Before his presentation today, Australian designer Dion Lee explained—rather meekly—that he saw his London fashion week debut as "an introduction."

Suffice it to say, London fashion week was very pleased to meet him. Lee is incontrovertibly the leading light of fashion Down Under, and as his new collection confirms, he is certainly ready for a larger stage.

It's tempting to describe the appeal of Lee's clothes in terms of their technical accomplishments: the geometry of the silhouettes; the innovative, architectural quality of the construction; the unexpected materials artfully deployed. You can't avoid talking about those elements of Lee's work, and they form a tremendous part of its appeal. In this collection, for instance, he created strands of high-visibility fiber, and wove them into light-reflecting knits, and draped them off sheaths. (Perfect for cycling back from a party at night, maybe.) Another dress, suspended from nearly invisible mesh, appeared to hang on the body as if by magic; elsewhere, garments made from layered tulle and organza looked as though they were held together strictly by light. There is a cool intelligence operating here.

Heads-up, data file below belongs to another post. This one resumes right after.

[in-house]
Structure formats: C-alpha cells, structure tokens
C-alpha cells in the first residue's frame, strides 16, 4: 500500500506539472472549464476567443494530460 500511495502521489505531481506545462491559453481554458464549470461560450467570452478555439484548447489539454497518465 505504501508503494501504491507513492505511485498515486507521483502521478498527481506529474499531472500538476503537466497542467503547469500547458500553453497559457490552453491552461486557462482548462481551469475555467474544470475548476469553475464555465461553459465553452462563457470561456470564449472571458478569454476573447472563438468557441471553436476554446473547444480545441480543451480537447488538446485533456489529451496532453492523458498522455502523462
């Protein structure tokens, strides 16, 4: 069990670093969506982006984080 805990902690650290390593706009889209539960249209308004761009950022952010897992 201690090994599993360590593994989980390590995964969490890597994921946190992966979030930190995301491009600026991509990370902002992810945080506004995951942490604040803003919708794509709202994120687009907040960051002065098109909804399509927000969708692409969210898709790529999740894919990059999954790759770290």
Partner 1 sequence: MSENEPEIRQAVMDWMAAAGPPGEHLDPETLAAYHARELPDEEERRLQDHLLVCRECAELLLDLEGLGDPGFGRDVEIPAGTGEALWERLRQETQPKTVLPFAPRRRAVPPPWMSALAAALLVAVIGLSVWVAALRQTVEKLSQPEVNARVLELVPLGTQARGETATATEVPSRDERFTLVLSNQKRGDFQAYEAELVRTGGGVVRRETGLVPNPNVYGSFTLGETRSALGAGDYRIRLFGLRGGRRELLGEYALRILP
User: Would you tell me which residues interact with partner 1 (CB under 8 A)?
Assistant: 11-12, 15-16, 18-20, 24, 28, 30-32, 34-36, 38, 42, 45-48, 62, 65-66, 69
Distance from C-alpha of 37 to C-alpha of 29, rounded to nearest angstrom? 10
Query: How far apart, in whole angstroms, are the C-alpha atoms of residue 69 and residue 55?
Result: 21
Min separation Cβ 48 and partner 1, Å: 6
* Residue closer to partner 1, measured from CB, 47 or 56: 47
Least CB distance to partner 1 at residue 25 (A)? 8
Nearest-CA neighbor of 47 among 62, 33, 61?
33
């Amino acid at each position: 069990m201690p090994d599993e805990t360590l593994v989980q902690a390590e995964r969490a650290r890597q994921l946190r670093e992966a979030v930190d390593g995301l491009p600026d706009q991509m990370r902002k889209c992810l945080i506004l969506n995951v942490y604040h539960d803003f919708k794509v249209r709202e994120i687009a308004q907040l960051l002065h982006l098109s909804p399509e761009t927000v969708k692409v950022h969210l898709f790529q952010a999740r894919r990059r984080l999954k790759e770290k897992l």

But what makes Lee really interesting, and eventually, perhaps, significant, is that his intellect doesn't work at cross-purposes to the unavoidable sexiness of his clothes. There is something deeply Australian about that: For whatever reason, designers from Oz seem to have a totally non-vexed relationship to sex and body-consciousness, and Lee embraces that, mitigating the potential aridity of his designs by integrating vampy notes. This collection felt relatively small in its ambitions and incredibly precise in surpassing them. Now that Lee has introduced himself, it will be fascinating to see what he does when he starts dreaming big.